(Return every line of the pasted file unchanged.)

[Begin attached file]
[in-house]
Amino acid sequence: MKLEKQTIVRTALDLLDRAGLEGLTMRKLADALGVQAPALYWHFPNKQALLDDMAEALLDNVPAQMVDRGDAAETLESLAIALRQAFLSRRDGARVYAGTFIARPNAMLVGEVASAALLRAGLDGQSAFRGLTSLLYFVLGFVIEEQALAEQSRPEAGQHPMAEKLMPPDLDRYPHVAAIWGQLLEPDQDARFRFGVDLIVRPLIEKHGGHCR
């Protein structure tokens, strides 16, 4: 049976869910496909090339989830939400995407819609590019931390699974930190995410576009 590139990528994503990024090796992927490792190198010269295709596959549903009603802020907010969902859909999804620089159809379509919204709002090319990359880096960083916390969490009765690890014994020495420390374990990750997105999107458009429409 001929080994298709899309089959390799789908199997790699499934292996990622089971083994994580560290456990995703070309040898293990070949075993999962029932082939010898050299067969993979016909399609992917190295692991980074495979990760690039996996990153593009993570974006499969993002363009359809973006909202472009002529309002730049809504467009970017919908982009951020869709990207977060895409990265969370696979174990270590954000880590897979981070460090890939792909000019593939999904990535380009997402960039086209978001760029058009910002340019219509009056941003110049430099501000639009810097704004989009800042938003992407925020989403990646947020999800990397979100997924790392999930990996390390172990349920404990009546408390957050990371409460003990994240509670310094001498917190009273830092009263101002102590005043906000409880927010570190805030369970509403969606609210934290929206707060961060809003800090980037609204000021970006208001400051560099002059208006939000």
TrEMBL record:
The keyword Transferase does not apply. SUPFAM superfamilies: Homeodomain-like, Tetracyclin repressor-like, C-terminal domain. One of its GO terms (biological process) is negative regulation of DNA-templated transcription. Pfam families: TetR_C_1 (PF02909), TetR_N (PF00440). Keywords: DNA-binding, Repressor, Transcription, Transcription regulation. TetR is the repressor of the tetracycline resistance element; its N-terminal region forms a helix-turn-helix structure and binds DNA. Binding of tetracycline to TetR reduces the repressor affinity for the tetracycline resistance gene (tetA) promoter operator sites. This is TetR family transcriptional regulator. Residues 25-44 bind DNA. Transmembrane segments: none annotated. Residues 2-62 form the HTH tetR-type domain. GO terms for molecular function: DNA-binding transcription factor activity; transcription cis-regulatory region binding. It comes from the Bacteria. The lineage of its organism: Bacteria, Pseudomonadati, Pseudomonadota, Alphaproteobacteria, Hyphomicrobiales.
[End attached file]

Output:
[in-house]
Amino acid sequence: MKLEKQTIVRTALDLLDRAGLEGLTMRKLADALGVQAPALYWHFPNKQALLDDMAEALLDNVPAQMVDRGDAAETLESLAIALRQAFLSRRDGARVYAGTFIARPNAMLVGEVASAALLRAGLDGQSAFRGLTSLLYFVLGFVIEEQALAEQSRPEAGQHPMAEKLMPPDLDRYPHVAAIWGQLLEPDQDARFRFGVDLIVRPLIEKHGGHCR
């Protein structure tokens, strides 16, 4: 049976869910496909090339989830939400995407819609590019931390699974930190995410576009 590139990528994503990024090796992927490792190198010269295709596959549903009603802020907010969902859909999804620089159809379509919204709002090319990359880096960083916390969490009765690890014994020495420390374990990750997105999107458009429409 001929080994298709899309089959390799789908199997790699499934292996990622089971083994994580560290456990995703070309040898293990070949075993999962029932082939010898050299067969993979016909399609992917190295692991980074495979990760690039996996990153593009993570974006499969993002363009359809973006909202472009002529309002730049809504467009970017919908982009951020869709990207977060895409990265969370696979174990270590954000880590897979981070460090890939792909000019593939999904990535380009997402960039086209978001760029058009910002340019219509009056941003110049430099501000639009810097704004989009800042938003992407925020989403990646947020999800990397979100997924790392999930990996390390172990349920404990009546408390957050990371409460003990994240509670310094001498917190009273830092009263101002102590005043906000409880927010570190805030369970509403969606609210934290929206707060961060809003800090980037609204000021970006208001400051560099002059208006939000």
TrEMBL record:
The keyword Transferase does not apply. SUPFAM superfamilies: Homeodomain-like, Tetracyclin repressor-like, C-terminal domain. One of its GO terms (biological process) is negative regulation of DNA-templated transcription. Pfam families: TetR_C_1 (PF02909), TetR_N (PF00440). Keywords: DNA-binding, Repressor, Transcription, Transcription regulation. TetR is the repressor of the tetracycline resistance element; its N-terminal region forms a helix-turn-helix structure and binds DNA. Binding of tetracycline to TetR reduces the repressor affinity for the tetracycline resistance gene (tetA) promoter operator sites. This is TetR family transcriptional regulator. Residues 25-44 bind DNA. Transmembrane segments: none annotated. Residues 2-62 form the HTH tetR-type domain. GO terms for molecular function: DNA-binding transcription factor activity; transcription cis-regulatory region binding. It comes from the Bacteria. The lineage of its organism: Bacteria, Pseudomonadati, Pseudomonadota, Alphaproteobacteria, Hyphomicrobiales.